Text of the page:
The morphology of this low grade astrocytoma subset is somewhat reminiscent of another syndrome-associated tumor, i.e. subependymal giant cell astrocytoma. The features include nucleolar prominence, abundance of cytoplasm, expression of neuronal markers, and favorable prognosis . Subependymal giant cell astrocytoma is nearly restricted to patients with tuberous sclerosis, a syndrome arising as a consequence of TSC1 or TSC2 germline mutations. The molecular consequence is activation of the mTOR pathway . mTOR activation may also be an important biological event in epilepsy associated glioneuronal tumors .
Increased mTOR activation has been shown to occur in NF1 deficient astrocytes and in 4 of 6 NF1-associated PA in a prior study . Curiously, in our group of NF1-associated low grade astrocytomas mTOR activation, as reflected by phospho-S6 and phospho-p70S6K levels, was frequent, but seemed to be higher in the low grade astrocytomas with peculiar cytologic features. Phospho-S6 levels are increased as a result of activation of mTOR which leads to phosphorylation of p70S6 kinase and thus activation of ribosomal S6, which leads to increased protein synthesis. The result may be increased cell size. These findings support the notion that some low grade astrocytomas represent a distinct morphologic subset of NF1-associated tumors. Although no obvious clinical differences are noted with respect to NF1-associated PA, our findings could be clinically relevant since the mTOR pathway may be pharmacologically targeted for therapeutic benefit .
MAPK/ERK activation, as demonstrated by phospho-ERK immunoreactivity, was uniform in all tumors studied. This is expected, given that NF1 loss results in persistent activated RAS and downstream signaling through the MAPK/ERK pathway. BRAF rearrangements and mutations represent an alternative mechanism of MAPK/ERK activation in sporadic PA . It is of interest that prior studies have found BRAF alterations to be absent in NF1-associated astrocytomas [22, 23], including 7 PA and 1 LGSI used in the current study. Therefore, BRAF testing is not useful in distinguishing these subtypes of low grade astrocytoma in the setting of NF1.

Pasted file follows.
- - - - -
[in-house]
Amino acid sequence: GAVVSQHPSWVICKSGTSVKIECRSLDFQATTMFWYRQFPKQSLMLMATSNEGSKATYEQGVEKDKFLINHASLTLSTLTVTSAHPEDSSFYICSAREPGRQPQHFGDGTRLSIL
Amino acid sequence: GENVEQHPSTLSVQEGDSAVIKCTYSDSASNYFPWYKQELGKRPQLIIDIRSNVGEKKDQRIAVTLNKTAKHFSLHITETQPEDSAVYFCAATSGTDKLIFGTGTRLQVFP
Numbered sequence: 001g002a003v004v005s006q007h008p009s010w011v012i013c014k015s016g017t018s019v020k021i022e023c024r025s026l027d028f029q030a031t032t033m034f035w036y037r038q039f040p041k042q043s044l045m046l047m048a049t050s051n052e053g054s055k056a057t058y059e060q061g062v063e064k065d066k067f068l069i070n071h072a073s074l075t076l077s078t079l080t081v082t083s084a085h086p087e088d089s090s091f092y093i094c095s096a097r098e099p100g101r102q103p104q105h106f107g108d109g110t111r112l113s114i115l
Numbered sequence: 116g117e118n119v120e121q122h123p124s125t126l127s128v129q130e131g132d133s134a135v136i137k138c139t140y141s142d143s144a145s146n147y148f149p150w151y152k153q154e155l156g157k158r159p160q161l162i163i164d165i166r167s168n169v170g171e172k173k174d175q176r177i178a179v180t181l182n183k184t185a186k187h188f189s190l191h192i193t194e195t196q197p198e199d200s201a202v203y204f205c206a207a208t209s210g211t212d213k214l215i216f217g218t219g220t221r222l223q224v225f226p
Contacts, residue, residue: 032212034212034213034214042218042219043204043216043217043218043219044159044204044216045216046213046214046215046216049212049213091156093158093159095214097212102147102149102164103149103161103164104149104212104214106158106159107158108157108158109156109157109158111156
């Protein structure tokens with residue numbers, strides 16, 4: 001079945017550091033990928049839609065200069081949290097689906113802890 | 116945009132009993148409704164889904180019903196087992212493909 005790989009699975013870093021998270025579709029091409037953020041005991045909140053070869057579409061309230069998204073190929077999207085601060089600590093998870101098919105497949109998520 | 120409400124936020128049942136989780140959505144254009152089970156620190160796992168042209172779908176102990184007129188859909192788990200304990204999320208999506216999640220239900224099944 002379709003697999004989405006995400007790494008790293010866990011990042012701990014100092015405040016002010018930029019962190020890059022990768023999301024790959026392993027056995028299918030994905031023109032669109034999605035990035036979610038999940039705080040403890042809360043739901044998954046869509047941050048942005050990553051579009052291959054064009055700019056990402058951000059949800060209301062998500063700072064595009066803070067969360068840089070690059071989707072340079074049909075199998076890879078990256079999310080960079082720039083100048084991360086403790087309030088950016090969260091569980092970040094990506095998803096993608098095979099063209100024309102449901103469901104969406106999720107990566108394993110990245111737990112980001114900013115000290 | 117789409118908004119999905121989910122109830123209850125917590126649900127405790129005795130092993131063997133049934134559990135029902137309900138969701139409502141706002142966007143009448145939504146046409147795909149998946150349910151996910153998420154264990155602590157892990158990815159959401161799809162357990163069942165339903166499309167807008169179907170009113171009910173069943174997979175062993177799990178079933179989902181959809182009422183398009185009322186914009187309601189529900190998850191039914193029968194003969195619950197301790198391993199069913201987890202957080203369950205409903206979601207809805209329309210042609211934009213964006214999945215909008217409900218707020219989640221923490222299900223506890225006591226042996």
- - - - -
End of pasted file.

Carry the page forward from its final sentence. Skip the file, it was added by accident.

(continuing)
One caveat is that not all LGSI demonstrate this unique morphology, and some may in fact represent other, inadequately sampled histologies, such as PA . Indeed, the possibility of under-sampling resulting in an erroneous diagnosis is a consideration whenever tumors with overlapping morphologic and ultrastructural features are encountered.
Our study suggests that NF1-associated PA and LGSI share some phenotypic features at the ultrastructural level, particularly Rosenthal fiber formation. However, the presence of occasional dense core granules and microtubules in addition to increased expression of neuronal associated genes, may represent divergent differentiation of some low grade astrocytomas in comparison with classic PA, the most prototypic NF1 associated astrocytoma. Furthermore, increased mTOR activation may be responsible for larger cell size despite similar proliferative indices and clinical behavior. Our findings, perhaps underlying the unconventional morphology of these tumors, require further studies to shed light upon the biology and molecular mechanisms underlying NF1-associated glial tumorigenesis.
The authors thank the microarray, cytogenetics, tissue and cell molecular analysis of the Mayo Clinic for excellent technical assistance.
This work was funded in part by grant P50 CA108961 from the Mayo SPORE in Brain Cancer (CG, FJR, JNS) and Mayo Clinic CTSA (FJR) through grant number UL1 RR024150 from the National Center for Research Resources (NCRR), a component of the National Institutes of Health (NIH).